Climb under a rock, see yrself more clearly
Discovering superpowers in isolation, cool architecture, crib-enlivening jawns & more "unbeatable topics" with PIN-UP's Emmanuel Olunkwa
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Emmanuel Olunkwa — he’s a young prince of the design world who writes, curates, makes films, takes pictures (of ppl like Dev Hynes and Kilo Kish, among others), designs furniture, writes Columbia graduate theses about the spatiality of Jeremy O. Harris plays, and, at just 27, was recently named editor of the excellent architecture & design magazine PIN-UP …
He’s also a fashionable dude known to rock tremendous Eckhaus Latta joints on IG and Loewe in Interview magazine, and who interned at Saint Laurent and Comme des Garçons. Emmanuel’s based in Bed Stuy, and he first caught our eye here at the sletter because of his popping furniture practice — he makes carved birchwood tables and chairs whose shapes put us in mind of sick Scandinavian CHURCH DÉCOR?? (Ssense recently started carrying a capsule of Olunkwa joints; they’re coppable thru the links way down below.)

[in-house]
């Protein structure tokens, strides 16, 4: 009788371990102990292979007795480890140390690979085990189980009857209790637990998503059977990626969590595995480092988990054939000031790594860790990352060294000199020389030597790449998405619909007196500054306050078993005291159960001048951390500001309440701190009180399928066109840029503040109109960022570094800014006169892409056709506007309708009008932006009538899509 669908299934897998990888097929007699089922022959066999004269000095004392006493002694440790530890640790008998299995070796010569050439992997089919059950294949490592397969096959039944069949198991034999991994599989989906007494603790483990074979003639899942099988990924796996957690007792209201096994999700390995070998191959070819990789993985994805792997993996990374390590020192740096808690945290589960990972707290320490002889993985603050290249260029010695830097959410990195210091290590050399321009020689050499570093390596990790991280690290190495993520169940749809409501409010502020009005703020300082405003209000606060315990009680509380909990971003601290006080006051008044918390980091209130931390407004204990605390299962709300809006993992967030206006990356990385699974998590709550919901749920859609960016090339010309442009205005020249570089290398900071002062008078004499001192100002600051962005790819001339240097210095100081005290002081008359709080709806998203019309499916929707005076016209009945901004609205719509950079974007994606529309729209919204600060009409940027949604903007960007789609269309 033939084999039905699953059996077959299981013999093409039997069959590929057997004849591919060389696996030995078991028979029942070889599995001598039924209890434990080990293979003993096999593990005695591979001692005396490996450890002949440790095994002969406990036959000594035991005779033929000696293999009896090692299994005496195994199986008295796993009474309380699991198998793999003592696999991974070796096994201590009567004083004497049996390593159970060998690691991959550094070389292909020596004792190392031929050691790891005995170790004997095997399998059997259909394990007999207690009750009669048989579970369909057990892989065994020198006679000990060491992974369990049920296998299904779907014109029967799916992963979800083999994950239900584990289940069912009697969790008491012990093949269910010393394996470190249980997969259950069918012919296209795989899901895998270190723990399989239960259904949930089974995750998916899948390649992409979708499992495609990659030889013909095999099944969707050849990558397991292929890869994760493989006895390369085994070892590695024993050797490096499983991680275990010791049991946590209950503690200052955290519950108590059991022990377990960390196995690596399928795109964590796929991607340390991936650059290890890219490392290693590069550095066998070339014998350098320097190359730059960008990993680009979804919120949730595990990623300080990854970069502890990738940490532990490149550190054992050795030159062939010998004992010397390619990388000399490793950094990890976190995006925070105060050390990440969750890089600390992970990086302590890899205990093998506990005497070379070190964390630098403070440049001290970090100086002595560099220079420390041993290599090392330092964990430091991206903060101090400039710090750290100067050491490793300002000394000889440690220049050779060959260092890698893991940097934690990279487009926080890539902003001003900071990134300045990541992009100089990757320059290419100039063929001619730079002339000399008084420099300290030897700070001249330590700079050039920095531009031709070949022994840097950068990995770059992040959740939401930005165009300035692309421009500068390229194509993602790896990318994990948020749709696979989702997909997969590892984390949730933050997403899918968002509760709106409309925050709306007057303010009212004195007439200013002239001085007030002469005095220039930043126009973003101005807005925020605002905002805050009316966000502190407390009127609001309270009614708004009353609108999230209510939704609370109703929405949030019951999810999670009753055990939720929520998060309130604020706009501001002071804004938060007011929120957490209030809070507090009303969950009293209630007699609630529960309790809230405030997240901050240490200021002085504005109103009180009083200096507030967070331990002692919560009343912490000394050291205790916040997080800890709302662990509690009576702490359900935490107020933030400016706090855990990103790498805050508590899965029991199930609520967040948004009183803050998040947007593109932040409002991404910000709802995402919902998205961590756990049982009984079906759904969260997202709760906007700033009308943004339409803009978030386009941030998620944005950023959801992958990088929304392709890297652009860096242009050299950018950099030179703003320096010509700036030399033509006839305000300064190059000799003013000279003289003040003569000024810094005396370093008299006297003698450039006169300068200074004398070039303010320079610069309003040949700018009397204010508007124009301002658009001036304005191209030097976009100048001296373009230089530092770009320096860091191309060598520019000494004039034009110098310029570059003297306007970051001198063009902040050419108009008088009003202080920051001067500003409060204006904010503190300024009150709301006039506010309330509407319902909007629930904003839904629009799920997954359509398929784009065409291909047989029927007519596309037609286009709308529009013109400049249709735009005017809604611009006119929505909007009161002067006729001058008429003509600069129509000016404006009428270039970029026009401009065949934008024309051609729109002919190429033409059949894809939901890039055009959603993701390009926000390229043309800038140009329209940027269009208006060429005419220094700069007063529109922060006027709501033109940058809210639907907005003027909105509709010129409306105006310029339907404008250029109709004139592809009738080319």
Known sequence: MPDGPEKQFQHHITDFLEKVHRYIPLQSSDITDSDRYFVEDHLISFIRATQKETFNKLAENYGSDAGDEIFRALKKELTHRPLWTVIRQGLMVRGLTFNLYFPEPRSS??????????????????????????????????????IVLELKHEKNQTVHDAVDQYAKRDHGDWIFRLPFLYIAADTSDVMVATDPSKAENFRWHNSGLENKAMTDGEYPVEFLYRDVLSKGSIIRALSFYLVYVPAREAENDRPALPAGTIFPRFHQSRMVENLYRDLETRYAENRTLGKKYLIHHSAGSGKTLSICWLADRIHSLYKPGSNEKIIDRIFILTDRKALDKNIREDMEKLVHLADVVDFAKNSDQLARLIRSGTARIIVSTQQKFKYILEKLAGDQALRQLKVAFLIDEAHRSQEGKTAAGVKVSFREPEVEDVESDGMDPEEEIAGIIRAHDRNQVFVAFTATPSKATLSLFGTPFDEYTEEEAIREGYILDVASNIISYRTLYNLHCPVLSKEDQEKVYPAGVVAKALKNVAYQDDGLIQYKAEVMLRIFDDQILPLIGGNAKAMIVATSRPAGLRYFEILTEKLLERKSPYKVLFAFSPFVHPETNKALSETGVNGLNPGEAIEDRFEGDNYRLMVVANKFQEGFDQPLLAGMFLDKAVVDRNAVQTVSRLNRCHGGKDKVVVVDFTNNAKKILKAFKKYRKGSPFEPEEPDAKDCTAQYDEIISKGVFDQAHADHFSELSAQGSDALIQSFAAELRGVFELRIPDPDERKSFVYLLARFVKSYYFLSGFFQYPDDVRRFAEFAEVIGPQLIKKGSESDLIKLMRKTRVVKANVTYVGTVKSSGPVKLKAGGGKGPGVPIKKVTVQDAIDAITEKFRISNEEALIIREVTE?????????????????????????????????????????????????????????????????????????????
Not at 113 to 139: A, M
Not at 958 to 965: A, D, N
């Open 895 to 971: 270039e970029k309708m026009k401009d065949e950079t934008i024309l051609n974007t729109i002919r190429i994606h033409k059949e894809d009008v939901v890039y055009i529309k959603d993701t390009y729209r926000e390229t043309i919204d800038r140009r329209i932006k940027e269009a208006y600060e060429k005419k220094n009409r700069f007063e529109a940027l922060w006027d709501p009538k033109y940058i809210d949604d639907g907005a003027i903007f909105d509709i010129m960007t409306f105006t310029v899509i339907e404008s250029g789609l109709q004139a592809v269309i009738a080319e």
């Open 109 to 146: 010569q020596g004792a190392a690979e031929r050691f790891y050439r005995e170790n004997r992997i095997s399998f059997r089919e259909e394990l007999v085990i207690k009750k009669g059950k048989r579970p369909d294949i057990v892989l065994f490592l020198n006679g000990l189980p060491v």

The other day Erin hit up Emmanuel on the SpyPhone to talk about unbeatably compelling topics such as RADICAL optimism, GREAT architecture, “actually having a relationship” with the jawns you wear — and more.
Blackbird Spyplane: “Radical optimism” is the theme of the first issue of Pin-Up that you edited. What are you feeling optimistic about these days?
Emmanuel Olunkwa: “I’m optimistic about the fact that I’m at the helm of a publication where I can cultivate a new chapter and a new network of people who haven’t been spotlighted — people who are making really cool things, and I get to be in conversation with them.”
Blackbird Spyplane: You recently interviewed Gaetano Pesce tha architecture & design god, and you wrote about his “proudly incoherent oeuvre,” made up of “signature materials like resin, fabric and polyurethane.” He makes some joyous, crib-enlivening pieces. What speaks to you about Pesce’s work?